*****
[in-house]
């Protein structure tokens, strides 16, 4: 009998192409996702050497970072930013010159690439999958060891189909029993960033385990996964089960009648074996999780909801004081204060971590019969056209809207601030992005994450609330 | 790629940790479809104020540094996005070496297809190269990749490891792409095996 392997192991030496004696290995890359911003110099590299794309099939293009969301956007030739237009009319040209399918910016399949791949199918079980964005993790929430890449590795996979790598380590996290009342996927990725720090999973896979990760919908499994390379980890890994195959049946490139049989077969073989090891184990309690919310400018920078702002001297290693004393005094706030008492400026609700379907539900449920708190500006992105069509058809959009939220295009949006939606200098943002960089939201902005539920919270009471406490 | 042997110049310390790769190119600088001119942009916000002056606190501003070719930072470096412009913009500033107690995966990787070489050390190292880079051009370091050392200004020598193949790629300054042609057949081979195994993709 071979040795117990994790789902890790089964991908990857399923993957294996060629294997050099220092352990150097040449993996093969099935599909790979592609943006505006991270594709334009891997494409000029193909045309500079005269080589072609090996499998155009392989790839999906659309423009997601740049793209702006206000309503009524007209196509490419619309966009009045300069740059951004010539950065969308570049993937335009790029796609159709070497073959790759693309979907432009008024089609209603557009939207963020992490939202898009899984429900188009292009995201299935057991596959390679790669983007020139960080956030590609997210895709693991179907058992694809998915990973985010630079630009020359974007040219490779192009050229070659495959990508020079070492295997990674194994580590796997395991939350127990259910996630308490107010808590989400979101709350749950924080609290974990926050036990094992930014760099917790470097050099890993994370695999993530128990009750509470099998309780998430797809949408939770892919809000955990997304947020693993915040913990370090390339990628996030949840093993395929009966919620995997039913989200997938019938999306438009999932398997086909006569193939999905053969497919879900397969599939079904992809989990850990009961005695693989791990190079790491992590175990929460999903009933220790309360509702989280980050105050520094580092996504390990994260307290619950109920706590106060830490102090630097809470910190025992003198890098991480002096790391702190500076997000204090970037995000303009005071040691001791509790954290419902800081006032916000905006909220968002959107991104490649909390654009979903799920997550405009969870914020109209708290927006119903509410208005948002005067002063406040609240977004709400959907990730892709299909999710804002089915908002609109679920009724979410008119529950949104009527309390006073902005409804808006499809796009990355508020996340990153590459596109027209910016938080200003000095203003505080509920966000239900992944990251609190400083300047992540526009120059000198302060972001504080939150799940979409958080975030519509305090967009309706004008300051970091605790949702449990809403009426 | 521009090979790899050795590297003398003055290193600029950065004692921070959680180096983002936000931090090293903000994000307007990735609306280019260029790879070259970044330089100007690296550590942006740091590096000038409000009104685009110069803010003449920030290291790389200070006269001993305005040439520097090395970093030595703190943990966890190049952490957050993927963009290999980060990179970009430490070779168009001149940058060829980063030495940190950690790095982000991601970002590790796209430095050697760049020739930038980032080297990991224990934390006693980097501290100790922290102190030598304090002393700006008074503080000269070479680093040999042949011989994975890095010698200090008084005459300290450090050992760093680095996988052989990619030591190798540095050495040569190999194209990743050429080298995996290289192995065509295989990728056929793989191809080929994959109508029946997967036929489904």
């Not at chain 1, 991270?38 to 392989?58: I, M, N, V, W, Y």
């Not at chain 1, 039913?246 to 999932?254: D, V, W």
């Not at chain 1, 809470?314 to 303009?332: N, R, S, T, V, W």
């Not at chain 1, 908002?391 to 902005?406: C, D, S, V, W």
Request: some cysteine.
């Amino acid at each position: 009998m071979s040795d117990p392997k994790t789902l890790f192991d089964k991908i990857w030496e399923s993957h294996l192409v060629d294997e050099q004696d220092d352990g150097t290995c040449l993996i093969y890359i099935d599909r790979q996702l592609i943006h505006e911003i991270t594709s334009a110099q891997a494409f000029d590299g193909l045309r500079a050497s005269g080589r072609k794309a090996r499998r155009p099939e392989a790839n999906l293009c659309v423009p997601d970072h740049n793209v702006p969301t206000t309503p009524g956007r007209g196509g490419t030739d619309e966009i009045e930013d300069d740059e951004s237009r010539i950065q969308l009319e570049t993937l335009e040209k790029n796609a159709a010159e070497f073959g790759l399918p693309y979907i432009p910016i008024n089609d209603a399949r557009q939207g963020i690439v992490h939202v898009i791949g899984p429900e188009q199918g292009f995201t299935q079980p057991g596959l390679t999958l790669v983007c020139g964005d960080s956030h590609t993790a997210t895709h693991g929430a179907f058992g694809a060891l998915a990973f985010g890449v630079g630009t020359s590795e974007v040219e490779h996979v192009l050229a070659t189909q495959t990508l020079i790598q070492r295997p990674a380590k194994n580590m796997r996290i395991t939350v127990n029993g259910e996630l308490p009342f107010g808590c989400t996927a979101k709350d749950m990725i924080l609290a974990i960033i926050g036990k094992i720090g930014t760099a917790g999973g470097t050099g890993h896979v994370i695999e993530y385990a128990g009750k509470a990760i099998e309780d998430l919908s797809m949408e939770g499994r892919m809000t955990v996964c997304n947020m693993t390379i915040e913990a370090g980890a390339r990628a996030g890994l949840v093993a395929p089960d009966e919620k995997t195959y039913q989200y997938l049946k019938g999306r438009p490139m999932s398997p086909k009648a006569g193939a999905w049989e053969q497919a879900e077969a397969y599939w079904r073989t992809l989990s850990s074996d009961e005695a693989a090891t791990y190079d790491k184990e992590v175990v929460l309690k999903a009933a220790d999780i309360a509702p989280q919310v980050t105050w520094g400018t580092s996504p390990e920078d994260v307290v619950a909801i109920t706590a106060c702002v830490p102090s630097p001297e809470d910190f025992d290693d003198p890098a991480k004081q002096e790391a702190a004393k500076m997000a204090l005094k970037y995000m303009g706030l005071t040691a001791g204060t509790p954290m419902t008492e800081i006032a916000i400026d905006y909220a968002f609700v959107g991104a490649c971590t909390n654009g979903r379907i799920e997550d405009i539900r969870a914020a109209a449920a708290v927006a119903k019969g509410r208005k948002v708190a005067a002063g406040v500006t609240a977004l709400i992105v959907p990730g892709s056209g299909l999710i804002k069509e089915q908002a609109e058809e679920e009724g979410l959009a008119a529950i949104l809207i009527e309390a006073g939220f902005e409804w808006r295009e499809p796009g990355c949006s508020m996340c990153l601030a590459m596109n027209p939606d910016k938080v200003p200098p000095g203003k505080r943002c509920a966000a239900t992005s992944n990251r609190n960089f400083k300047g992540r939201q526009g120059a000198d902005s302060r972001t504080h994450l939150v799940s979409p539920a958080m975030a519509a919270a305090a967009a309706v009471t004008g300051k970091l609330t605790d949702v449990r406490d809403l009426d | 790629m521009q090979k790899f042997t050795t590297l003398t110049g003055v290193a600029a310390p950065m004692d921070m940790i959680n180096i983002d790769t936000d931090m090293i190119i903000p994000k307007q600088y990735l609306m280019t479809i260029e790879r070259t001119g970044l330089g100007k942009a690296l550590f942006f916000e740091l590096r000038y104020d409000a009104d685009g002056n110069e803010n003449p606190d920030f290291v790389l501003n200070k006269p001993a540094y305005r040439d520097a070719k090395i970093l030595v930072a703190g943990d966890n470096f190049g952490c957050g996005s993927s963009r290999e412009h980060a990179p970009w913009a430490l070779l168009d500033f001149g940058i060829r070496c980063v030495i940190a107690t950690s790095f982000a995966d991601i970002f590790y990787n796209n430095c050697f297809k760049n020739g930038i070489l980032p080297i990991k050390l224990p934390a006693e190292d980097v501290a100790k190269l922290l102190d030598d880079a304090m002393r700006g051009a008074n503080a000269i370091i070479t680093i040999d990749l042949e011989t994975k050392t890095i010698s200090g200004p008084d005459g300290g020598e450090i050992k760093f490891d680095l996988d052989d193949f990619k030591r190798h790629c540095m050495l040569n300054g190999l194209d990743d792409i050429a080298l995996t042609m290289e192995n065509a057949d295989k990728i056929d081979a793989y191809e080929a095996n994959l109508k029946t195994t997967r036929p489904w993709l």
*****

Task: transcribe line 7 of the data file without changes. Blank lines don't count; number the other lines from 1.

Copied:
Request: some cysteine.